BIAB Pumpkin Ale? - Page 3 - Home Brew Forums

 Home Brew Forums > BIAB Pumpkin Ale?

09-12-2012, 01:12 PM   #21
Chris7687
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Jan 2012
Palm Beach Gardens, FL
Posts: 551
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For those brewing a 5.5g BIAB batch, what was your starting amount of water? I have the same grain bill a little different weights. 12.5# 2-Row, 1.5# Crystal 60, and 1# Victory. Beer Review Dude BIAB Calculator gives me a 8.4g strike water, but I calculated on another calculator (can't seem to find it now) and it gave me 9 gallons. I've been missing my 5.5 gallon amount lately, so I want to say the Beer Review Dude calculator is off but just wanted a second opinion. Not sure how to account for the pumpkin either; more, less, or the same water?

Secondly, When should I add the 1lb of brown sugar? The recipe calls for 60 min additions but I have read different opinions.

09-12-2012, 01:21 PM   #22

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Jan 2010
Kingston, GA
Posts: 1,342
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Quote:
 Originally Posted by Chris7687 For those brewing a 5.5g BIAB batch, what was your starting amount of water? I have the same grain bill a little different weights. 12.5# 2-Row, 1.5# Crystal 60, and 1# Victory. Beer Review Dude BIAB Calculator gives me a 8.4g strike water, but I calculated on another calculator (can't seem to find it now) and it gave me 9 gallons. I've been missing my 5.5 gallon amount lately, so I want to say the Beer Review Dude calculator is off but just wanted a second opinion. Not sure how to account for the pumpkin either; more, less, or the same water? Secondly, When should I add the 1lb of brown sugar? The recipe calls for 60 min additions but I have read different opinions.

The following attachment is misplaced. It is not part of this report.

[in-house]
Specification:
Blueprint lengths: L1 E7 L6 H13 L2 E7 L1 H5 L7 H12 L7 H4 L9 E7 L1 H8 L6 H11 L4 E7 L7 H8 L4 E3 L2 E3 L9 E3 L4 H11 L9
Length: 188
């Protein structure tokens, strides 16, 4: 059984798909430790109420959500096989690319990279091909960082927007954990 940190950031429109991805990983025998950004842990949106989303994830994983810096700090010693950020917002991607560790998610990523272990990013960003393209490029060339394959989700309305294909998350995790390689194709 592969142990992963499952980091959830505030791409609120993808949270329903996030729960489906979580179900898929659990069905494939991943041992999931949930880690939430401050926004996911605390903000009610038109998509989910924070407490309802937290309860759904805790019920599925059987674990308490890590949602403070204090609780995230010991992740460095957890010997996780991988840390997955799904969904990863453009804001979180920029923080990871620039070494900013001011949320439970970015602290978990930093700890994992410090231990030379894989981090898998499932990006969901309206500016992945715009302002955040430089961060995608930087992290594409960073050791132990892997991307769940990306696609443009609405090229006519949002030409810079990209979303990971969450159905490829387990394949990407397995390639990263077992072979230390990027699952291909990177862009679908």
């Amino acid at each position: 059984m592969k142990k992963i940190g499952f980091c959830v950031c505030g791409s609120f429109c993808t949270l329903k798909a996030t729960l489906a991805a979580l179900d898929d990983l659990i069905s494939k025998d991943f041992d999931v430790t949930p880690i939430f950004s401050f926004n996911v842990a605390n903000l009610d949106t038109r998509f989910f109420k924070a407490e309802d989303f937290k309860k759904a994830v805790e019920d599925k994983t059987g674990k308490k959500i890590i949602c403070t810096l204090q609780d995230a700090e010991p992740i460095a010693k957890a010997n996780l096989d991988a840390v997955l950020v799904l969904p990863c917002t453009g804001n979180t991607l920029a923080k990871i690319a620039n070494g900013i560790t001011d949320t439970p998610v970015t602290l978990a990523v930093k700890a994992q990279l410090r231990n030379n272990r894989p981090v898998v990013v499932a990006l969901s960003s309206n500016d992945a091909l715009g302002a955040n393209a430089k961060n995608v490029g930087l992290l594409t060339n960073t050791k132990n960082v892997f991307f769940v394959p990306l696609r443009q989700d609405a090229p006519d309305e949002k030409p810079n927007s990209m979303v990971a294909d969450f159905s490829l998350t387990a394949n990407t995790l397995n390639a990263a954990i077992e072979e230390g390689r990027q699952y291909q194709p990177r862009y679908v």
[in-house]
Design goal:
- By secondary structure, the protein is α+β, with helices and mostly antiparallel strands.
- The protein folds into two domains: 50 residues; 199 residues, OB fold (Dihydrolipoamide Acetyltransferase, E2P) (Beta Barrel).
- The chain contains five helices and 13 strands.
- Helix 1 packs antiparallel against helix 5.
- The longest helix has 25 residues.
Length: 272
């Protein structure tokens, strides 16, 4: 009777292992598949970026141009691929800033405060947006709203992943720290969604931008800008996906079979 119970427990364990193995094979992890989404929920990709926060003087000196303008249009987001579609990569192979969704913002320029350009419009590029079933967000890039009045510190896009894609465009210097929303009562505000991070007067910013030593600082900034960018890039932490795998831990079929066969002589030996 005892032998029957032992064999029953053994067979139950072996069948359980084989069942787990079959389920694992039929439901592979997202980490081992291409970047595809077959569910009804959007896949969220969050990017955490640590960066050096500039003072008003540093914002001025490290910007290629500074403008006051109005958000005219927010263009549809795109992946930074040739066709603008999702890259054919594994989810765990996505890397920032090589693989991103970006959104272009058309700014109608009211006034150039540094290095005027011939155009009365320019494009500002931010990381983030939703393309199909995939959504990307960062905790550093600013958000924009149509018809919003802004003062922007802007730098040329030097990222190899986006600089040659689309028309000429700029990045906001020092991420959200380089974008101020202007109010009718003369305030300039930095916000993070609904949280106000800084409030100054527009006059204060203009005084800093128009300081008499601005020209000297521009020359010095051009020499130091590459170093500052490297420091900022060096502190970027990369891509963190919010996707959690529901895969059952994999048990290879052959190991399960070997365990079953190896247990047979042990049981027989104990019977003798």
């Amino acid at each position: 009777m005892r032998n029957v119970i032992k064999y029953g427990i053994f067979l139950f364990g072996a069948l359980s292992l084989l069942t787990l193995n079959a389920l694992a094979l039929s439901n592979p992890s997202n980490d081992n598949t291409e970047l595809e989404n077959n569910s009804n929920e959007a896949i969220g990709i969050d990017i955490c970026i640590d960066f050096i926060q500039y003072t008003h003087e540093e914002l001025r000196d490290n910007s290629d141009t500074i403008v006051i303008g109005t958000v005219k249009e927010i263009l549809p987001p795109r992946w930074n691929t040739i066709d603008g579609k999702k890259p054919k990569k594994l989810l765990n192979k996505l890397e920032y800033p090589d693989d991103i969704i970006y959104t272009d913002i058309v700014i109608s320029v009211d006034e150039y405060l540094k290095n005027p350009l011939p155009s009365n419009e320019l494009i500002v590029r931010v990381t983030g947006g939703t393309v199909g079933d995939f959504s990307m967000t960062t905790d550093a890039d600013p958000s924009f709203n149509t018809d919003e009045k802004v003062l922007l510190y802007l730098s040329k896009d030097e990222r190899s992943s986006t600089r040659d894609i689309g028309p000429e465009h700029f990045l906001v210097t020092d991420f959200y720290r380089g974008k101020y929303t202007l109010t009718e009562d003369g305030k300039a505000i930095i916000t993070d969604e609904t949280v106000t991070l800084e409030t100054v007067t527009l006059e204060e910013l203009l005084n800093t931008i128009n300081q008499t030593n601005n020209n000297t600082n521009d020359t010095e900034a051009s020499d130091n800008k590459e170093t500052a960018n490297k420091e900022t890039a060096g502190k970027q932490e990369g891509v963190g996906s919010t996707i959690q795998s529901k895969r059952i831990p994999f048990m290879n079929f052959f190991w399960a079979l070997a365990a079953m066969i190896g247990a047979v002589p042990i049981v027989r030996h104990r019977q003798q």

it all depends on how much you boil off and if you squeeze the bag or not.

I use this formula
grain weight * .066 = absorption
batch size + absorption + boil off + trub loss = water needed

8 gallons but I squeeze the hell out of the bag and only lose .25 gallons to trub with a boil off of 1.25 gallons per hour. Adjust your numbers for your system. once you have a few under your belt you'll know what you need to adjust in the formula to get the numbers you need.

09-12-2012, 01:25 PM   #23
kmos

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Apr 2012
Bryan, TX
Posts: 137